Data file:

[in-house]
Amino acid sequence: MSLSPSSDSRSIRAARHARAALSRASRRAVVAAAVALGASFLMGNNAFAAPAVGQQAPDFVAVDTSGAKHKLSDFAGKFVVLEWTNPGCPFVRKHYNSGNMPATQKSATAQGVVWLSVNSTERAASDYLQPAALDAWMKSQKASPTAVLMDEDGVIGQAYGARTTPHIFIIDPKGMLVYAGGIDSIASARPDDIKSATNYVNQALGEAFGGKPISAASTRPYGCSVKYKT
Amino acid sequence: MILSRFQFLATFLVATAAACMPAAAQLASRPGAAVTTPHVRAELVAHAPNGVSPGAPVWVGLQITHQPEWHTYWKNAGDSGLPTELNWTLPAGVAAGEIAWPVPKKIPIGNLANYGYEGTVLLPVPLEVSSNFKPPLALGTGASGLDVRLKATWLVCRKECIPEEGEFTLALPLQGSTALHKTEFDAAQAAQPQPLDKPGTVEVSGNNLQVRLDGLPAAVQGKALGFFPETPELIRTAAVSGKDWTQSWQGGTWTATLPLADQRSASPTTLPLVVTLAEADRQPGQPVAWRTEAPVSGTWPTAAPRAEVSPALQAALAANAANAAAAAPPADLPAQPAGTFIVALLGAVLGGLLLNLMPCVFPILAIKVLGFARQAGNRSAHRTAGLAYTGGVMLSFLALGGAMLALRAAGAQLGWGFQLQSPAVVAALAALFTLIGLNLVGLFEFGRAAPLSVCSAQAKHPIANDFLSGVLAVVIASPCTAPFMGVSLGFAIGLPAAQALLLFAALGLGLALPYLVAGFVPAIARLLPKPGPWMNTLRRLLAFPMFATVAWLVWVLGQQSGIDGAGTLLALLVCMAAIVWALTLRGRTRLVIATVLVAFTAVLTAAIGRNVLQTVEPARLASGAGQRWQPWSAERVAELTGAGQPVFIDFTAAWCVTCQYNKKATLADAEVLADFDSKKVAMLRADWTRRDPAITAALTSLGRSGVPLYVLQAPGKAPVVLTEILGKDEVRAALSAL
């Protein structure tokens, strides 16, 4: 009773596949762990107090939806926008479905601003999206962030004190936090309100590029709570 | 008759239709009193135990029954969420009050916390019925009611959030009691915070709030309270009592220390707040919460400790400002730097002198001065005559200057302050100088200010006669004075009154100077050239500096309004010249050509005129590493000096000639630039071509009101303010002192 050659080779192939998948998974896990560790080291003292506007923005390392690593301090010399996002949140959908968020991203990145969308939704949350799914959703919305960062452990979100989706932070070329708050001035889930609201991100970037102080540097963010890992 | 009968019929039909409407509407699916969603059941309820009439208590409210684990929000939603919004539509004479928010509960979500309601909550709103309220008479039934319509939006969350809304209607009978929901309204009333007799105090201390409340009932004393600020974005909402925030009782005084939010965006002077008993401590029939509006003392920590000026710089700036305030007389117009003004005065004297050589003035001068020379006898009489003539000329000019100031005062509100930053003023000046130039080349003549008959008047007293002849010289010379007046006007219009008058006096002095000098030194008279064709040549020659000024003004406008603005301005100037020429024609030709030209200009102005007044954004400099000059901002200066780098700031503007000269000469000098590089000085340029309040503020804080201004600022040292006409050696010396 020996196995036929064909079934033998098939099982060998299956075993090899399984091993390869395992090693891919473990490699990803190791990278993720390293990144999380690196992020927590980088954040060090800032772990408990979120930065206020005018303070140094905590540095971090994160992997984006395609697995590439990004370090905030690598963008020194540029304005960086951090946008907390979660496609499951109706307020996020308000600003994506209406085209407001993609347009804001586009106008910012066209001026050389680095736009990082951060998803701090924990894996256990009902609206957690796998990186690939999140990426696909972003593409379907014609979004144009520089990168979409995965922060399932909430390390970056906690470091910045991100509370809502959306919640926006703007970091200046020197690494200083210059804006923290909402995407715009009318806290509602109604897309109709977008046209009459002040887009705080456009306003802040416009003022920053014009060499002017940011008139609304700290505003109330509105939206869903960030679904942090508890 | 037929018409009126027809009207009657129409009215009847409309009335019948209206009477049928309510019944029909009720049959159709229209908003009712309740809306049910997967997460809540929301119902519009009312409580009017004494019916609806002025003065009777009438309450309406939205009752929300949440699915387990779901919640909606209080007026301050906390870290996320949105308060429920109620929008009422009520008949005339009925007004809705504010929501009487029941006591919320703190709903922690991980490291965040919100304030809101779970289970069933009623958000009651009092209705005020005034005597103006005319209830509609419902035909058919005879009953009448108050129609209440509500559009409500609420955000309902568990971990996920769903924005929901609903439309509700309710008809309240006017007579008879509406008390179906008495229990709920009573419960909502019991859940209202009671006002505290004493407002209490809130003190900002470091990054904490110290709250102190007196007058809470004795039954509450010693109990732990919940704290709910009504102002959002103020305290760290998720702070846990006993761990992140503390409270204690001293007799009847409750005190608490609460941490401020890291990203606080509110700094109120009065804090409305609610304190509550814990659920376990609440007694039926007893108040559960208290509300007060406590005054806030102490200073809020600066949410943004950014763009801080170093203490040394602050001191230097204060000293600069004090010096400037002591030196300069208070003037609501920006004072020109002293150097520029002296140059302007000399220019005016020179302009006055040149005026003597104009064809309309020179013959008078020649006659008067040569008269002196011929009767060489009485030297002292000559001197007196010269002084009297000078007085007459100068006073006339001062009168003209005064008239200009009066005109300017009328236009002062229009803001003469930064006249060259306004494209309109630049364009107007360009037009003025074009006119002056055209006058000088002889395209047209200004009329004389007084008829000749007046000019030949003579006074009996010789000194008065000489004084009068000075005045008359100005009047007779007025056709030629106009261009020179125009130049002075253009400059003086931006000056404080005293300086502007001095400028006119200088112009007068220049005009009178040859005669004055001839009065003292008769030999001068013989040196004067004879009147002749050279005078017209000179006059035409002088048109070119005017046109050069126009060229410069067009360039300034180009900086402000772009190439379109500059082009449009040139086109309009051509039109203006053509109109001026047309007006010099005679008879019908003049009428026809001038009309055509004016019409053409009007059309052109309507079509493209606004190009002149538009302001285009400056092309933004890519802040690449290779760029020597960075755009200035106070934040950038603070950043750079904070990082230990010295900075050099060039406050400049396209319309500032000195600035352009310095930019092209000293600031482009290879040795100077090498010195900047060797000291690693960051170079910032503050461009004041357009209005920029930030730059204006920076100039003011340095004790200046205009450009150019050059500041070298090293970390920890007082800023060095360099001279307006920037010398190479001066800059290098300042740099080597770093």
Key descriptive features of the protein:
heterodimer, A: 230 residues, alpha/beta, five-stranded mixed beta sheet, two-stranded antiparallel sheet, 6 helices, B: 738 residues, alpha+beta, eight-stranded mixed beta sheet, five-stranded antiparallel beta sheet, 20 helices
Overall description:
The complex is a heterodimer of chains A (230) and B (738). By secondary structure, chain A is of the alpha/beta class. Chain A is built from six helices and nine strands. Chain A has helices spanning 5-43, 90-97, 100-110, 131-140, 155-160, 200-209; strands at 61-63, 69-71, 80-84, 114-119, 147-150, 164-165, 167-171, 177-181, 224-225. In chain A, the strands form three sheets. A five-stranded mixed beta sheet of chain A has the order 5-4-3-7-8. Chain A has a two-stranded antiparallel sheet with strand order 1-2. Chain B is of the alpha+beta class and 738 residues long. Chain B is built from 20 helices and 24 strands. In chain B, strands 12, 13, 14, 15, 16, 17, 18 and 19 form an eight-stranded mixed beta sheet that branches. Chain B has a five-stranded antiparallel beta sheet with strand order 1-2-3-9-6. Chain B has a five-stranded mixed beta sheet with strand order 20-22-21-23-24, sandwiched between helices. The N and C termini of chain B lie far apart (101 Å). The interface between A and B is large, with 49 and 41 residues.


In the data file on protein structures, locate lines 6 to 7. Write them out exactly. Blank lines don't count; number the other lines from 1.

heterodimer, A: 230 residues, alpha/beta, five-stranded mixed beta sheet, two-stranded antiparallel sheet, 6 helices, B: 738 residues, alpha+beta, eight-stranded mixed beta sheet, five-stranded antiparallel beta sheet, 20 helices
Overall description: